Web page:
The market for mobile apps is hot. Microsoft just revealed a new strategy for encouraging development of Windows Mobile applications, where they will pay 70 percent of sales to developers that will be sold on the Windows Marketplace for Mobile. Microsoft's mobile app marketplace will compete strongly with both Apple's App Store, and RIM's new application store for the BlackBerry. It's obvious Microsoft has both Apple and RIM in its crosshairs, and has come up with strategies that specifically target the weaknesses of each.
Developers pay $99 for a year's license to develop and sell up to five applications on the online marketplace, a hundred less than RIM's $200 fee. Developers set their own prices, and unlike Apple's and RIM's stores, there does not seem to be a pricing guideline. Apps selling in the Apple marketplace go for 99 cents; RIM's apps vary based on a company-set guideline starting at $2.99.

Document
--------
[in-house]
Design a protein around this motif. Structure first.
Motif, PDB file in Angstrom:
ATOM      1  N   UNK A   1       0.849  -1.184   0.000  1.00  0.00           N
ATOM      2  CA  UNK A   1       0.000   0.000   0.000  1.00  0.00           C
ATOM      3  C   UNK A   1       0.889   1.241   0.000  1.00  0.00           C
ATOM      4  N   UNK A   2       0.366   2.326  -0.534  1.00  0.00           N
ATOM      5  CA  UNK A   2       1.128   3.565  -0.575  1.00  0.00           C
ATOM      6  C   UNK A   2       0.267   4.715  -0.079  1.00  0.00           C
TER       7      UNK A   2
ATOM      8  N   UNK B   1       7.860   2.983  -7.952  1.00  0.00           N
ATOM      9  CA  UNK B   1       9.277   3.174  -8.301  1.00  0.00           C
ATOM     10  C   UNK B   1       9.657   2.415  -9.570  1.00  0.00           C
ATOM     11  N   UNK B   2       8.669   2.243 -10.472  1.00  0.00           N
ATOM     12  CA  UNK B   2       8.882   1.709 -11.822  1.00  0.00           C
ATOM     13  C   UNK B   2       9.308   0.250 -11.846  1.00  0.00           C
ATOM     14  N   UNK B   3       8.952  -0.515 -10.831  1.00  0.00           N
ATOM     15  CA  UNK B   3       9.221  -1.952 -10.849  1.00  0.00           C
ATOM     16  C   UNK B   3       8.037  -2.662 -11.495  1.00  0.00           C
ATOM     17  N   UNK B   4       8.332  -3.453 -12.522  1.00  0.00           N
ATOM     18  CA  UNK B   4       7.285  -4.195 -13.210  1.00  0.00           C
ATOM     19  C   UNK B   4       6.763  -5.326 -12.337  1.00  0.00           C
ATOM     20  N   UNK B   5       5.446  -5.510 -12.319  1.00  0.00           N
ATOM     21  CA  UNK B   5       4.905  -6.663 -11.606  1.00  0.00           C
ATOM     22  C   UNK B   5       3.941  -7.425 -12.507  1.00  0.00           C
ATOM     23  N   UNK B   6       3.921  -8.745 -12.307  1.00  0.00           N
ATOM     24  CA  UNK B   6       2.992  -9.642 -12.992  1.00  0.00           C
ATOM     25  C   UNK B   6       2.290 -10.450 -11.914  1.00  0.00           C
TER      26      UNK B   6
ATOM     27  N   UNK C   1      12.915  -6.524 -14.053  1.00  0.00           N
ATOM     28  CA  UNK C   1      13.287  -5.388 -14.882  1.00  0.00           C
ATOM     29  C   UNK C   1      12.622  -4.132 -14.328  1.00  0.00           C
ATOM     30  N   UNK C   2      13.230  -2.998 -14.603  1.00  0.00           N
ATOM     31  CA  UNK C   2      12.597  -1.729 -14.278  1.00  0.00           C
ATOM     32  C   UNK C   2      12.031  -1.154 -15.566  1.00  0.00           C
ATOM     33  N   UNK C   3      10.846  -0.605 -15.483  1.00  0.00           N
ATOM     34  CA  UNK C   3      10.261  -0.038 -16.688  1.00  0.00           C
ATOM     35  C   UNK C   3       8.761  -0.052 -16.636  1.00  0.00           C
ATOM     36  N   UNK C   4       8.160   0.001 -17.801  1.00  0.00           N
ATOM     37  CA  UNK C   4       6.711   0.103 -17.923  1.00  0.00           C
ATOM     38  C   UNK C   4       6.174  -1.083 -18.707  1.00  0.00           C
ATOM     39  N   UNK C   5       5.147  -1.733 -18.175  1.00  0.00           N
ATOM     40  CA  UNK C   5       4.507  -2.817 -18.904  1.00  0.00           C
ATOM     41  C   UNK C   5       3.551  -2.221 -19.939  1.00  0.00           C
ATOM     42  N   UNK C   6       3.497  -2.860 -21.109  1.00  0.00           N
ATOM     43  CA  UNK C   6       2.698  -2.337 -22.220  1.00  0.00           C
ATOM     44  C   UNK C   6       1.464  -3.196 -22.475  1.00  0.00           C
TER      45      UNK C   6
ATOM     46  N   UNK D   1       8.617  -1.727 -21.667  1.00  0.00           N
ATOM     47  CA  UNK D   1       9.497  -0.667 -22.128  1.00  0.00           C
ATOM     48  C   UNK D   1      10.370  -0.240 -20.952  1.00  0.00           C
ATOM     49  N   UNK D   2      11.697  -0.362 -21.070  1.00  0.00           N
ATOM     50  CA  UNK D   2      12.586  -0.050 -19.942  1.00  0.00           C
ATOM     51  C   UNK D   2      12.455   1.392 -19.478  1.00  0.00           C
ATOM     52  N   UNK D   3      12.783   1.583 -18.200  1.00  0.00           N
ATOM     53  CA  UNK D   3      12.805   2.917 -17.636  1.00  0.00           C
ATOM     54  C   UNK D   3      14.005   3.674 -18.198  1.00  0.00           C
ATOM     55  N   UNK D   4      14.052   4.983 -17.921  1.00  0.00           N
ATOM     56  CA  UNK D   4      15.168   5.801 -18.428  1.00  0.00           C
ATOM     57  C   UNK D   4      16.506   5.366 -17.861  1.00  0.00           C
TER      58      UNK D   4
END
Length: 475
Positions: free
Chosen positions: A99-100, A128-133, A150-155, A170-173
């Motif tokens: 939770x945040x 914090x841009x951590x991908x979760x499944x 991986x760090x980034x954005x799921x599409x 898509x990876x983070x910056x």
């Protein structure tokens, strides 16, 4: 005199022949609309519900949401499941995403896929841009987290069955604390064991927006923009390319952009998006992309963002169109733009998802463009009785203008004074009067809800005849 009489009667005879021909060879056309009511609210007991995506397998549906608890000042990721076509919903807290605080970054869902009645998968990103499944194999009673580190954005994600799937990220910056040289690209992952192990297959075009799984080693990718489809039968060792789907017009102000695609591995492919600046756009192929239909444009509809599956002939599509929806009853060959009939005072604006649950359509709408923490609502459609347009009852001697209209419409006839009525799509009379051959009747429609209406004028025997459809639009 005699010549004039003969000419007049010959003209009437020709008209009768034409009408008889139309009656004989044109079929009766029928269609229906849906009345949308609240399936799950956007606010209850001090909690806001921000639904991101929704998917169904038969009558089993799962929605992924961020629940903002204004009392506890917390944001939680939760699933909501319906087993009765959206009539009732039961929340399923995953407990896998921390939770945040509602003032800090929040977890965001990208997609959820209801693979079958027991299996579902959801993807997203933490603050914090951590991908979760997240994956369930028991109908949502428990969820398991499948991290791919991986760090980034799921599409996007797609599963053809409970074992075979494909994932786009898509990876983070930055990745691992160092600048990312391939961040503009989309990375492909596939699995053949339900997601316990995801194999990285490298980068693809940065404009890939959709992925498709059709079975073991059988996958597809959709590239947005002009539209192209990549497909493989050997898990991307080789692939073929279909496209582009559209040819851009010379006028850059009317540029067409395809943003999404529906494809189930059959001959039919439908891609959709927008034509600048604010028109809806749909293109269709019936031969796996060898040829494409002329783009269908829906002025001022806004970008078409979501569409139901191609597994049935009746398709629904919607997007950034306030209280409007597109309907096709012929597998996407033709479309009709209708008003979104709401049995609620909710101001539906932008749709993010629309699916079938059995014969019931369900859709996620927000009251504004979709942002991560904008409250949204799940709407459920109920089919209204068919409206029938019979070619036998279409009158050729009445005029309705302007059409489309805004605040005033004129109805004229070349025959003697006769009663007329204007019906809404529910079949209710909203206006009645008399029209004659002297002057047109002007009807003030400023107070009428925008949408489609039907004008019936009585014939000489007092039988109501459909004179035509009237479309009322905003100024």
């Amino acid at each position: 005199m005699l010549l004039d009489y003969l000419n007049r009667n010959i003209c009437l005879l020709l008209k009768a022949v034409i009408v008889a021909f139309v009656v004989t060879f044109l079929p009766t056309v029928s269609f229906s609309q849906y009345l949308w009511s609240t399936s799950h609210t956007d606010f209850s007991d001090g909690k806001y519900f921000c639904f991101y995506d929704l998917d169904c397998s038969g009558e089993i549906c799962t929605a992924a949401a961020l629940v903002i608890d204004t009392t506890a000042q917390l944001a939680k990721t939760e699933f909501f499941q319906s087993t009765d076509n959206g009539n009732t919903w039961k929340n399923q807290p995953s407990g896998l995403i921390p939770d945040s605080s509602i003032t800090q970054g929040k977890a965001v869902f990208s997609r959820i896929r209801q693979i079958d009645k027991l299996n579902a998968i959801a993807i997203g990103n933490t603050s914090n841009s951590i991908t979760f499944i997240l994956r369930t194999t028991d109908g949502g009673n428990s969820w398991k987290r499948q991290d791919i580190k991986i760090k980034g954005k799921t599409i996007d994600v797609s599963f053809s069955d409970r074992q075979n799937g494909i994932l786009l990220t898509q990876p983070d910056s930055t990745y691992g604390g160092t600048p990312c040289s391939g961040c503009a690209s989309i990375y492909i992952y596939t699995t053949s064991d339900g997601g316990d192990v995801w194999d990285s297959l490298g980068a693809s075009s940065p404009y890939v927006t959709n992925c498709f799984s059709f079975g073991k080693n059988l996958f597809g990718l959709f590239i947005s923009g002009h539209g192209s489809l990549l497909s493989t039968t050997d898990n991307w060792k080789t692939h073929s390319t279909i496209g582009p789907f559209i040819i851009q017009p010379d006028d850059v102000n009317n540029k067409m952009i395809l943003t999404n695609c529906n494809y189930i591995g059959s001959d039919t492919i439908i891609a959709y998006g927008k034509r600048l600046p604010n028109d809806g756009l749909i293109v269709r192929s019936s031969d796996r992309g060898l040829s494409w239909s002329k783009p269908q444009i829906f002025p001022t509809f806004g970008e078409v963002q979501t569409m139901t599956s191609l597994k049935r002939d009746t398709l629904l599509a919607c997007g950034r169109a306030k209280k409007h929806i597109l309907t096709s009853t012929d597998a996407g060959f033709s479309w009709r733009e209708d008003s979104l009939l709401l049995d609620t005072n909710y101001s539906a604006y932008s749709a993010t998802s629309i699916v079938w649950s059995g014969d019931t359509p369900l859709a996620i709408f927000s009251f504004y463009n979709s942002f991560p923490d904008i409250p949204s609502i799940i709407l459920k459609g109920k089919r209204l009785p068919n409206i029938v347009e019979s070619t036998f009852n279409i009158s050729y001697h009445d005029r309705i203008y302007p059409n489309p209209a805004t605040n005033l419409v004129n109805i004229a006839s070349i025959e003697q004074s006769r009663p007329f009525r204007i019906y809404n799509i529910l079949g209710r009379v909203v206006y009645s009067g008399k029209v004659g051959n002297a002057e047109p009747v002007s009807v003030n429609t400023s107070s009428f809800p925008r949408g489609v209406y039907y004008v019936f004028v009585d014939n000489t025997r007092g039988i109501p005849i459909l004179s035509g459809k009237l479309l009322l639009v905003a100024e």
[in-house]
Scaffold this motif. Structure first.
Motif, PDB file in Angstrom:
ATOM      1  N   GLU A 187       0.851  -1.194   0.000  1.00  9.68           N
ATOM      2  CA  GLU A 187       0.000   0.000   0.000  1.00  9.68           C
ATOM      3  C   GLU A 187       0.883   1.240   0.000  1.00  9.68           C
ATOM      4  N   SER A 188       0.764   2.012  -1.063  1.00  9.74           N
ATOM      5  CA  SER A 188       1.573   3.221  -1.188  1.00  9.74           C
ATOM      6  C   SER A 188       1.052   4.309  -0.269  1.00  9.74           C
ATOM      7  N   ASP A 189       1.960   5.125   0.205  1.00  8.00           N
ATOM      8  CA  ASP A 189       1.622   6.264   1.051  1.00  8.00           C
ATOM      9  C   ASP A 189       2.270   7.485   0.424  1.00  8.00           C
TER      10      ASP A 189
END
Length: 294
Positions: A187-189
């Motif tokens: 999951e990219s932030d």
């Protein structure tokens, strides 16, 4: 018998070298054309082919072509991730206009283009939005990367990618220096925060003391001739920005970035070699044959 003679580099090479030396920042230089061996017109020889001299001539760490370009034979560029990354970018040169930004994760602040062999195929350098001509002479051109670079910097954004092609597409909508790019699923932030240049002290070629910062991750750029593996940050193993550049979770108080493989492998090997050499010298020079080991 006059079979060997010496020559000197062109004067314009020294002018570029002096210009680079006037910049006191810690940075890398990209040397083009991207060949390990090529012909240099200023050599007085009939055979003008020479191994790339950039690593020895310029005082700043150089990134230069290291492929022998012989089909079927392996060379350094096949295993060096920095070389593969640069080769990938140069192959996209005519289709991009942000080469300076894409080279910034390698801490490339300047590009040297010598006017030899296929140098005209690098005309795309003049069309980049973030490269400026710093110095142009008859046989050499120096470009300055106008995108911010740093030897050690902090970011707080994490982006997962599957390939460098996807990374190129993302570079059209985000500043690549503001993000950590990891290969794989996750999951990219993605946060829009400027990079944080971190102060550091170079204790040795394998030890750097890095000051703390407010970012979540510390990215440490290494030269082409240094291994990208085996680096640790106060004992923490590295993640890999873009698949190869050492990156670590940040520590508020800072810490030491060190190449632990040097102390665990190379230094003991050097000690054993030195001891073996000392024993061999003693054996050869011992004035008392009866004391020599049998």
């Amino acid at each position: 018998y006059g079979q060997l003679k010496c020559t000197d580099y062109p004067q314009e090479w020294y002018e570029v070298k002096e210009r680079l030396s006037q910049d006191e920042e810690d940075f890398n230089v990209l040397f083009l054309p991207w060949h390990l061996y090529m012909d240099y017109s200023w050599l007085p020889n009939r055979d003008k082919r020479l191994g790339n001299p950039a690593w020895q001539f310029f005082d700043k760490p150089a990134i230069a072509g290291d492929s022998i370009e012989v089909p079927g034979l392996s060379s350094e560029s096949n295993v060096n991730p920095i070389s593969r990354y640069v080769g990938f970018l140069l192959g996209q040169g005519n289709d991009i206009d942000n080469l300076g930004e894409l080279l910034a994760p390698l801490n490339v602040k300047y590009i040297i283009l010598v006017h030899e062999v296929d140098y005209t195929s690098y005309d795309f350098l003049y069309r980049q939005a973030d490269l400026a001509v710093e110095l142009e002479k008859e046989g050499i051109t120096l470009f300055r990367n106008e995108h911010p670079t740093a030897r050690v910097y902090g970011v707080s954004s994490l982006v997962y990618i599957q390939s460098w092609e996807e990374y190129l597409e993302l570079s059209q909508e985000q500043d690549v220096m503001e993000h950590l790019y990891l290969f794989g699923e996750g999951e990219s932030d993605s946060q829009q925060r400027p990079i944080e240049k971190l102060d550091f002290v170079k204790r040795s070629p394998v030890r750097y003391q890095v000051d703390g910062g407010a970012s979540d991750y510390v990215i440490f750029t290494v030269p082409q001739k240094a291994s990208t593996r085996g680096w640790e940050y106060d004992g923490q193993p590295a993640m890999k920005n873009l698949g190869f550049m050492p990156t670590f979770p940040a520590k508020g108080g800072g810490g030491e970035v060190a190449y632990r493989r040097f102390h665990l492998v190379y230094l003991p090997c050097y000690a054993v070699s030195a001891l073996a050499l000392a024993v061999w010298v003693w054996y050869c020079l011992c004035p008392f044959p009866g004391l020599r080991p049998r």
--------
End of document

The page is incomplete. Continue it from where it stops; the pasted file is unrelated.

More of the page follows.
Microsoft is aggressively courting developers, hoping for a big splash when the marketplace goes live. Developers will be allowed to see feedback about the process for certifying their applications, both during and after the certification process. This transparency contrasts with what some see as Apple's convoluted process for approval. Developers will also be able to get "guidance and support" from development to final sale, according to the press release issued today by Microsoft.